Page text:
Huevon – the best way to avoid that is to further reduce or remove the threshold, something the commission is too ‘cautious’ to do despite “just over half of all submissions on the party vote threshold were in favour of lowering or abolishing it altogether”, and despite it providing the best proportionality, and despite there being no evidence it would be detrimental to stability.

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  10. Positan (390 comments) says:

    @ Reid – I agree wholeheartedly. MMP is a moribund system whichever way it’s looked at. Not only does it lower any and all prospect of “workability,” the country actually pays to accommodate some of the most dysfunctional of intellects along with their out-of-touch and unworkable policies. To lower the party vote threshold at all is utter madness, given our past experiences. A minimum of 10% would have been far more realistic and an upturn in our parliament’s productivity could have been actively and conclusively demonstrated.

    It’s always worthwhile to reflect back on the days of FPP – in particular on the fact that a mere 60 members back then were far more productive in respect of rational legislation than has ever been case since Rod Donald and his sneaky Greens managed to “sell” us this system of self-emasculating nonsense and all its inbuilt MP-serving protections.

    Now, our “official” bunch of PC-addled regulators is mooting that we lower the kindergarten-stage levels of entry even further. How low can we go?

    Truly, we must implore that God defend New Zealand – we’re certainly not doing it ourselves.

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  11. Reid (16,491 comments) says:

    MMP is designed to prevent radical changes, that’s why they installed it in Germany. It means a revolution like Rogernomics is no longer possible and it dictates vapid mediocrity. Tell me that’s not what’s happened since we got it. I mean look at the miserly asset sales program, with only one sector on the block and the 50% block and yet publicly and vote-wise, still there’s issue after issue and asset sales programs aren’t even radical.

    As a system, it stinks. I was really pissed off the bastard politicians on both sides didn’t even fucking well talk about the MMP referendum in the last election and neither did the media, nowhere near the extent you need to do to educate the 90% out there who understand nothing about it, probably not even its initials. But because all the bastard politicians have a vested interest in keeping it none of them bothered to put it out there and the media let it happen, because they’re full of lefties who also have a vested interest in keeping it. But this isn’t their democracy it’s ours. They are there to represent US not them and that applies to both the bastard politicians AND the media.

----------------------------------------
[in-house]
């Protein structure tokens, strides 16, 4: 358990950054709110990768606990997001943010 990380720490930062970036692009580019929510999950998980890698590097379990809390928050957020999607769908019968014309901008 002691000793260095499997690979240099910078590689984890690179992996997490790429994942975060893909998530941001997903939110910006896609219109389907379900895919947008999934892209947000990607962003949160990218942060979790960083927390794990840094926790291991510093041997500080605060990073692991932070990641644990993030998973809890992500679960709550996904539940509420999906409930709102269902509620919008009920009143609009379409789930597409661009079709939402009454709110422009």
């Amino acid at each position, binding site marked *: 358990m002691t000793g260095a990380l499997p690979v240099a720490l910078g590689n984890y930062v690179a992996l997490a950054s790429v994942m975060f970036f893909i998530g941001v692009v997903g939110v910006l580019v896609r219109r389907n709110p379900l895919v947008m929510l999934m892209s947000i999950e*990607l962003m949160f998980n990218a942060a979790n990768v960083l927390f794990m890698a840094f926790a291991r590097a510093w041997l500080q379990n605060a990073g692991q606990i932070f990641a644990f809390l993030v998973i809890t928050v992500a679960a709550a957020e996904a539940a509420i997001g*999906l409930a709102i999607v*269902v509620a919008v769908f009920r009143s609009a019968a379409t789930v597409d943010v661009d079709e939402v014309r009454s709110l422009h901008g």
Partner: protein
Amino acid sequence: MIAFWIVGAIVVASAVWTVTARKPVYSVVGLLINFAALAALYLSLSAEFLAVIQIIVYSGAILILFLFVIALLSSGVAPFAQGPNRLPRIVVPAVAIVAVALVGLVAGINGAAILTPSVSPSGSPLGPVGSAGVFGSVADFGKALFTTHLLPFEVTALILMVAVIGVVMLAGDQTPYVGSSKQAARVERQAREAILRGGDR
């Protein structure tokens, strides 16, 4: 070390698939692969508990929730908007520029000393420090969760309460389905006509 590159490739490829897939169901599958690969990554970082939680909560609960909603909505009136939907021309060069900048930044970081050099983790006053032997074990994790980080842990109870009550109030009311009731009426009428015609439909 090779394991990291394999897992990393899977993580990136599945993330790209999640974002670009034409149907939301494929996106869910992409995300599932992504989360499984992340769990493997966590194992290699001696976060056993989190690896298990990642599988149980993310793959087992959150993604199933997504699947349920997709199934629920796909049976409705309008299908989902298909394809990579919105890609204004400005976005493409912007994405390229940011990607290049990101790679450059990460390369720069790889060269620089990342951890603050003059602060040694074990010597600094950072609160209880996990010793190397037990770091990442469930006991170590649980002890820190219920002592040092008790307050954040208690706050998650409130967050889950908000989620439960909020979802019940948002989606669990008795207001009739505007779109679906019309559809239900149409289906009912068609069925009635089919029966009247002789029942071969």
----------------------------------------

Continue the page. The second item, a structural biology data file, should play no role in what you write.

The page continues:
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  12. emmess (1,428 comments) says:

    If the one electorate seat threshold is abolished, the provision for overhang seats should be abolished.

    Does this mean that f the Maori Party get three Maori seats and only 1.5% of the vote, they lose one seat, as that should only entitle them to 2 seats?
    It ought to.

    [DPF: No it means they allocate one less list seat to the other parties effectively]

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  13. Pauleastbay (5,035 comments) says:

    Why in any deities name would you want more MP’s than we already have?

    The intellectual standard of the bastards we have now is lower than the most public bars.

    The list continues to bring into Parliament, boyfriends, girlfriends , party grovelers and little committee men being rewarded for arse kissing for years. Its a fucking travesty and makes a mockery of the democratic process.

    To think that some clown whose major contribution to getting selected on the list is he has sold chook raffles and taken the local meetings notes for 10 years can sit in our Parliamnt and vote on laws that affect me, I say bullshit to that and get fucked.

    Then they spend months on something as unimportant as homo’s wanting to get married and pretend they have done something. Bills like that should be passed in 4 minutes and then they can get onto important stuff, but no they don’t because most of them are too fucking stupid to introduce anything resembling a sensible bill

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  14. Graeme Edgeler (3,289 comments) says: